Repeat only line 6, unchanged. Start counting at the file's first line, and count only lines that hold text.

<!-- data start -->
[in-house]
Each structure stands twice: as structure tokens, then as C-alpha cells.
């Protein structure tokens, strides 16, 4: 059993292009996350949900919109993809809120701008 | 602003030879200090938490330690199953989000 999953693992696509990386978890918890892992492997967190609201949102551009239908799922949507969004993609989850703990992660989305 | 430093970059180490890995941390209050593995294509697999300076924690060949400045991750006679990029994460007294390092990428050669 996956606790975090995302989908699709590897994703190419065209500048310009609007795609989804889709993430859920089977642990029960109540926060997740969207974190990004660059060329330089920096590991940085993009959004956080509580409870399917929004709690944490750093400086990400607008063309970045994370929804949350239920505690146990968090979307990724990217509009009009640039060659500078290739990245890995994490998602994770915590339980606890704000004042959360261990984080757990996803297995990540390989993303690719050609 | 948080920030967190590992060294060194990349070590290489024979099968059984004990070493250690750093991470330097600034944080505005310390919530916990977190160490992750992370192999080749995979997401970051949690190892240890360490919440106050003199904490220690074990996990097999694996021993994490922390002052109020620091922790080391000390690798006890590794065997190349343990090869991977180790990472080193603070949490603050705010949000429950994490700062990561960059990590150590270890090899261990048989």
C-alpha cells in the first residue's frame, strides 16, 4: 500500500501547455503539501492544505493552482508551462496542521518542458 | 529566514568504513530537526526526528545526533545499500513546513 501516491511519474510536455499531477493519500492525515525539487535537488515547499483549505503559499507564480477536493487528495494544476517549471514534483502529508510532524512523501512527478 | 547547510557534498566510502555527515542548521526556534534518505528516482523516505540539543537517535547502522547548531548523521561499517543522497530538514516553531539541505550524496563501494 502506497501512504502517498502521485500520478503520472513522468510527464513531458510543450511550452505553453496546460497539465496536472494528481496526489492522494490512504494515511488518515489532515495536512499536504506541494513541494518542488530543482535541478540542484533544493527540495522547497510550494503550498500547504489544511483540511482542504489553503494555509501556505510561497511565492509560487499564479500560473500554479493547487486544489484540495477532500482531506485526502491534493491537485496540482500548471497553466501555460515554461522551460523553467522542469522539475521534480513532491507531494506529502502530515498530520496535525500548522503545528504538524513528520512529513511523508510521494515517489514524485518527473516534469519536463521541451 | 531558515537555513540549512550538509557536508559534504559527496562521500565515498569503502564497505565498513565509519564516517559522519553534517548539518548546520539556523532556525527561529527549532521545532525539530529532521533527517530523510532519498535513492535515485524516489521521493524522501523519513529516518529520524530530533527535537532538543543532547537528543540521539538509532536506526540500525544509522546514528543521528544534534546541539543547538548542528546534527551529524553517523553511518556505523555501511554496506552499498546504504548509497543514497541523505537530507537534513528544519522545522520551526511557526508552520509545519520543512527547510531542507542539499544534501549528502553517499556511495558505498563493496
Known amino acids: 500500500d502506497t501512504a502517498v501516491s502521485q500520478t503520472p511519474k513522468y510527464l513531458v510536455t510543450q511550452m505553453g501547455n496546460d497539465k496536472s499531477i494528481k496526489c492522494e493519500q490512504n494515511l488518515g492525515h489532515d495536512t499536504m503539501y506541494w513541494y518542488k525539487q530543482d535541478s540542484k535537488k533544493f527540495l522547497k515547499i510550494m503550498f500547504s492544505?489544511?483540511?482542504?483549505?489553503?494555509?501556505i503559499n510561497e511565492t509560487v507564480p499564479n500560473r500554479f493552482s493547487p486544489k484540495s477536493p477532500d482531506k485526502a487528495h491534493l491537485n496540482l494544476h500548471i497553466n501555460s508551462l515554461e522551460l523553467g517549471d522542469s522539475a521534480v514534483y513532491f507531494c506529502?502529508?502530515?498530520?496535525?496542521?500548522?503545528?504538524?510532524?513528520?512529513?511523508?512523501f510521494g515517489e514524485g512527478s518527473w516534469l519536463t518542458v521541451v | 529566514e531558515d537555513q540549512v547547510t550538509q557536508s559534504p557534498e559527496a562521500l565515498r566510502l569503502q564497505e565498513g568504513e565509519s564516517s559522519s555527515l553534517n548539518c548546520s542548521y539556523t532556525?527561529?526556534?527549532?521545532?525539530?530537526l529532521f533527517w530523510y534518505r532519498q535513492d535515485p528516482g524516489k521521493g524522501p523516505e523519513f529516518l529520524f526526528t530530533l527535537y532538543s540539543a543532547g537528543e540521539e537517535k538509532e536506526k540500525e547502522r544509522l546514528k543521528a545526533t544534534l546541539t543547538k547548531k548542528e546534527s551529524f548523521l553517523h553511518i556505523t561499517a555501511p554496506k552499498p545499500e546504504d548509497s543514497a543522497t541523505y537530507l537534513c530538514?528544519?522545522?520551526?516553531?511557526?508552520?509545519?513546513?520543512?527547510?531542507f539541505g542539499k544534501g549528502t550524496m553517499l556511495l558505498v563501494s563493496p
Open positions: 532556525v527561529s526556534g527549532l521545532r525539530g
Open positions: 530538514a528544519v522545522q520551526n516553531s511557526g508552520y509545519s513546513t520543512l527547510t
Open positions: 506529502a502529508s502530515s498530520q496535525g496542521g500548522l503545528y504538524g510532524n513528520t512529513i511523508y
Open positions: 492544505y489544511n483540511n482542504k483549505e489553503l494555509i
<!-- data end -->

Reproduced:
Open positions: 532556525v527561529s526556534g527549532l521545532r525539530g